While Professor Hayek was chiefly responsible for the assembling of the letters, the work of editing and annotating has been mine. The method I have followed in preparing the text has been to reproduce the original as closely as possible, and I have rarely yielded to the temptation to insert a bracketed sic. I have silently transferred in a relatively small number of letters dates and addresses from the end to the heading of the letter. In rare instances only has punctuation been inserted and then the insertion has been noted. Mill’s letters in French are presented as they were written; errors have not been corrected and obsolete spellings have not been modernized. The text of his letters to Comte has been collated with the originals in the Library of the Johns Hopkins University; the text of Lévy-Bruhl’s edition differs in paragraphing, punctuation, and spelling from that of the original letters, though in other respects it is very accurate.
The first note to each letter provides the following information: the location of the manuscript when it is known (some transcribed by Professor Hayek as early as 1943 cannot now be located); addresses and postmarks where they have been available; the place of publication of previously published letters. If no printed source is indicated, the letter, to the best of my knowledge, has hitherto been unpublished. Except for several letters published in full by Michael Packe in his biography of Mill, no mention has been made of excerpts published by him, since he had full access to Professor Hayek’s collection. The editor has located over sixty additional letters since the publication of Mr. Packe’s biography.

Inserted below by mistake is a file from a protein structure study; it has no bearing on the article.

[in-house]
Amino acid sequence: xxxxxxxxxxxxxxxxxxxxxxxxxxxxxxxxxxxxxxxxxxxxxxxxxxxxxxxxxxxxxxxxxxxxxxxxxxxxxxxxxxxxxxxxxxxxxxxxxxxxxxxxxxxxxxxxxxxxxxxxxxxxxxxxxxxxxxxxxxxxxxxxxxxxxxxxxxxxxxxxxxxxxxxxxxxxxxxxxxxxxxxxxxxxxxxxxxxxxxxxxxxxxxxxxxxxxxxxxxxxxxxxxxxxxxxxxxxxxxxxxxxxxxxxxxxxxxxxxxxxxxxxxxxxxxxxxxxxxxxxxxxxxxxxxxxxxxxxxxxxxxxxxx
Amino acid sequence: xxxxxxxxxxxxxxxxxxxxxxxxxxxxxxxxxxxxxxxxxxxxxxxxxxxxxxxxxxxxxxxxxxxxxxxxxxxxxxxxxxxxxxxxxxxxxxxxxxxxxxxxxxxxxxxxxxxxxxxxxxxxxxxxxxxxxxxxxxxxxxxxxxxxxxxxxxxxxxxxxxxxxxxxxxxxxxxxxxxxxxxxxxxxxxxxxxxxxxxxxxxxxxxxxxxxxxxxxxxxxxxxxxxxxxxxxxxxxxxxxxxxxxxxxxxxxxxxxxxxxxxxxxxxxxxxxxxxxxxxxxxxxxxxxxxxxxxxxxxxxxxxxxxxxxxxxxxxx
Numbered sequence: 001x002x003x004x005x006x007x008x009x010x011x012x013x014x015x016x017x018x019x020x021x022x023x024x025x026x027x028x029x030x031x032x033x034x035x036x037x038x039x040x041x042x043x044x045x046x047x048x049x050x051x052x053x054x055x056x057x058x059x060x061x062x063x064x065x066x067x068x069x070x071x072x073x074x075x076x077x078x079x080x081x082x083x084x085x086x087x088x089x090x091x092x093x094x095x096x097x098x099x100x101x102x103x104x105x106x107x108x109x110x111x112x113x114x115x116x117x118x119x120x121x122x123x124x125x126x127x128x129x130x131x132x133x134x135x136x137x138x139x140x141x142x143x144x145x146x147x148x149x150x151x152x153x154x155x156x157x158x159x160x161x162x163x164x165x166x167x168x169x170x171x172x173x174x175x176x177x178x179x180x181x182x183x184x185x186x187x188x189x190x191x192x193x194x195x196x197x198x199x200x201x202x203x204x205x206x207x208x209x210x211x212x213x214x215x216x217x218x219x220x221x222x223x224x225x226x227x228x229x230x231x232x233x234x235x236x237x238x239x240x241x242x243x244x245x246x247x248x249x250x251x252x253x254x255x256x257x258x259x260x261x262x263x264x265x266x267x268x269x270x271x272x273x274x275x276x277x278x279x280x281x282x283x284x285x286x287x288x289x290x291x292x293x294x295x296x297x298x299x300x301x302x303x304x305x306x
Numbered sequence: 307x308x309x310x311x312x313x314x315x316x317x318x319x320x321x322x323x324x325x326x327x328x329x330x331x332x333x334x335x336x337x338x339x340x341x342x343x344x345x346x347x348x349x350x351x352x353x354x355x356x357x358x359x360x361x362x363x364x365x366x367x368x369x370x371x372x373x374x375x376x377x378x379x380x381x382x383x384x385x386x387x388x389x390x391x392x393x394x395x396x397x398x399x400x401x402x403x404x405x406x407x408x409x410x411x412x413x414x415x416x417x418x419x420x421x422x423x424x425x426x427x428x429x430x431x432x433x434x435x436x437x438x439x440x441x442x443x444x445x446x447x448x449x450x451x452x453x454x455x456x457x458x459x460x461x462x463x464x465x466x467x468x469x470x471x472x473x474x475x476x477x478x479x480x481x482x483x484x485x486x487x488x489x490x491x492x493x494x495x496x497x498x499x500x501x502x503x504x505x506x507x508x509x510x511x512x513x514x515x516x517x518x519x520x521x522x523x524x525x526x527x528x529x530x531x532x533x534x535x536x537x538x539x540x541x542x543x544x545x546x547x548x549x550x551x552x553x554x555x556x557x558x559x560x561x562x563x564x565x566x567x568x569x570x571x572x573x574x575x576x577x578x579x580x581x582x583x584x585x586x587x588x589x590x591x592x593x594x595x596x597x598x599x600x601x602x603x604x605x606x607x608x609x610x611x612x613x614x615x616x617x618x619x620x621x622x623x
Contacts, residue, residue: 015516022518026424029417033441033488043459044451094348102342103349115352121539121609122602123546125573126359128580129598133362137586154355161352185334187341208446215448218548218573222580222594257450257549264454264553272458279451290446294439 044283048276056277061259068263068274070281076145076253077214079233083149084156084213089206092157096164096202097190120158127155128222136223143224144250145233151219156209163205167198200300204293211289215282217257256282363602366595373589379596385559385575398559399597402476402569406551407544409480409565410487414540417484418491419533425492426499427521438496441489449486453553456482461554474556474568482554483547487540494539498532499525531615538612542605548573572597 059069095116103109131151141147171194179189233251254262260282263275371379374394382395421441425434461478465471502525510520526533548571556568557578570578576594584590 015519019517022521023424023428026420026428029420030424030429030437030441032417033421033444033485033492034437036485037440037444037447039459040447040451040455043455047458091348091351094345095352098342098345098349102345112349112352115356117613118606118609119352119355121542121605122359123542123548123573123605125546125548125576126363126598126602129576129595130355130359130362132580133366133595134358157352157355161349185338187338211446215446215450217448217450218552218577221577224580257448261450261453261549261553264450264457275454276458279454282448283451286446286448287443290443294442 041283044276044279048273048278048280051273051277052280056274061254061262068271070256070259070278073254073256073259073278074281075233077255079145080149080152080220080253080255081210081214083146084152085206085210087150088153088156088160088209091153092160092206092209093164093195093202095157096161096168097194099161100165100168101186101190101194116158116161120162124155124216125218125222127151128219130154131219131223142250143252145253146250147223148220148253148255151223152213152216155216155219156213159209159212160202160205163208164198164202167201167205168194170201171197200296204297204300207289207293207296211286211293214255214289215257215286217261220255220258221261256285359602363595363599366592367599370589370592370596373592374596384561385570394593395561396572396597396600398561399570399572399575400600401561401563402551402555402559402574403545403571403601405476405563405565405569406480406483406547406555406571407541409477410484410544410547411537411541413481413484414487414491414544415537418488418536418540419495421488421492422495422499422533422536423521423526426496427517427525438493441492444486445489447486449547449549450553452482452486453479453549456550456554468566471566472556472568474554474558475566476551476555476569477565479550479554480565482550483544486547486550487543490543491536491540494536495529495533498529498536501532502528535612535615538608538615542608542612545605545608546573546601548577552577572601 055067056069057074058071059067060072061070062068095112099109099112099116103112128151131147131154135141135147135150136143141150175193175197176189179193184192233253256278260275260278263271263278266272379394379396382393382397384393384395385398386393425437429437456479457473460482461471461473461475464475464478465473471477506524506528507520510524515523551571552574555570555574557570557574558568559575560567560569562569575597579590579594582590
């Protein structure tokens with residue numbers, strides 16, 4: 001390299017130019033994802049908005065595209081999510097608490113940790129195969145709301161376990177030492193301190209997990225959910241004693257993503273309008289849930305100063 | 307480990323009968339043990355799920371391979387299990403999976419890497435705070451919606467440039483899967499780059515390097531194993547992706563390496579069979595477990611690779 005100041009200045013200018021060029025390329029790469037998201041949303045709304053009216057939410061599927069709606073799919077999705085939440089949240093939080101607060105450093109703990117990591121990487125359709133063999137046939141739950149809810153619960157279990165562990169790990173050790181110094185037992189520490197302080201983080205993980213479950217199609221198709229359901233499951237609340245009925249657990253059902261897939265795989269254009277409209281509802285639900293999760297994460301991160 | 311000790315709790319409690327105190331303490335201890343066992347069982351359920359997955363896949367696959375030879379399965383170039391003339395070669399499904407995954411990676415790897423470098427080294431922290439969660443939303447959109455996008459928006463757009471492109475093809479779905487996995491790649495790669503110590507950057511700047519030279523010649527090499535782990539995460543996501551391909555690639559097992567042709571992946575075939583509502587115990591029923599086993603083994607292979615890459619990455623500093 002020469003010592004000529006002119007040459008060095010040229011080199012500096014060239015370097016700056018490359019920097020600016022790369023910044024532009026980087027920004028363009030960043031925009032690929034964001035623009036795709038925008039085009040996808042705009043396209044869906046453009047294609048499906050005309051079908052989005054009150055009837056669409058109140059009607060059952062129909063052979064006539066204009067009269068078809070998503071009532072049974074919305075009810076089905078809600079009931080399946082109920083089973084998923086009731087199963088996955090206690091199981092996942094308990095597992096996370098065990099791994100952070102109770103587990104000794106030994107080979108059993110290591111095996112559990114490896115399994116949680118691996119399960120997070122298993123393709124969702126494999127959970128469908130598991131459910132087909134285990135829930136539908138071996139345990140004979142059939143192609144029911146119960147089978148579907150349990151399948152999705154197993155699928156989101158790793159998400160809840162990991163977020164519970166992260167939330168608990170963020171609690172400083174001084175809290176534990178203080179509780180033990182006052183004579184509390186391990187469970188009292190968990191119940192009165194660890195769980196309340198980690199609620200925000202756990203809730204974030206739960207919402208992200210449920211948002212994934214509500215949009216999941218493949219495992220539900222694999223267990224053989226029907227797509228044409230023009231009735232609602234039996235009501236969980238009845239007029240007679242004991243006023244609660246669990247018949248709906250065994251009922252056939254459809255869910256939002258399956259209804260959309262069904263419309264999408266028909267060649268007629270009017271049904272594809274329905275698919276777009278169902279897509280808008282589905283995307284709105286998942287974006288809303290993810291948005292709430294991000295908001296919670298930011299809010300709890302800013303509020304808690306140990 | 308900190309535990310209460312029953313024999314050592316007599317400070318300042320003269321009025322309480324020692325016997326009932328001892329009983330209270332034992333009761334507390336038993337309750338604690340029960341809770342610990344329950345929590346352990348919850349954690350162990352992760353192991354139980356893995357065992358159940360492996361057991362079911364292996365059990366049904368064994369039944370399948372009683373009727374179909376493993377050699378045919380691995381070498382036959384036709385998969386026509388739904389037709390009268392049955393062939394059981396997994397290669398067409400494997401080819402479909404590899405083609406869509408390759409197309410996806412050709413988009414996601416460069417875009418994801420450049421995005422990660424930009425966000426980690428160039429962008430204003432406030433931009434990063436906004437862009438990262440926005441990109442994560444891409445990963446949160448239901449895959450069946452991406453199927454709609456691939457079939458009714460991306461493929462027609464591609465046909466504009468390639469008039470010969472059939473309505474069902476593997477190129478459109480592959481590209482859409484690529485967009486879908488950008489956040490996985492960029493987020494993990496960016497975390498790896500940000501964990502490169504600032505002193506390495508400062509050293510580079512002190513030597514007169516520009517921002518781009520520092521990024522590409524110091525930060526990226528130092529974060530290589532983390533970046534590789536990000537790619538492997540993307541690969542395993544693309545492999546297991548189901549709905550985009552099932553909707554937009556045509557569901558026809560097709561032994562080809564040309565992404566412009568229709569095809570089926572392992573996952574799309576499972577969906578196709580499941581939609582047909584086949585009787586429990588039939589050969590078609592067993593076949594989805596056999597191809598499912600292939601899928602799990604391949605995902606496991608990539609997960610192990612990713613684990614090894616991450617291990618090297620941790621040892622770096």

A good deal of effort has been expended upon dating as accurately as possible letters not dated by Mill. Sometimes it has been possible to do such dating by means of external evidence that is corroborative of details in the letter (e.g., Letters 11 and 382); at other times I have had to depend solely on internal evidence. In some instances previously published letters (e.g., Letters 47 and 96) were incorrectly dated, and corrections have had to be made.
Recipients of letters and names of persons mentioned have normally been identified only on the occasion of their first appearance in the letters. To avoid the necessity of an over-abundance of cross-references, an extensive name and subject index is provided. The page reference set in bold type after an indexed name indicates the location of the identifying note. Authors of books mentioned in the letters usually have not been otherwise identified.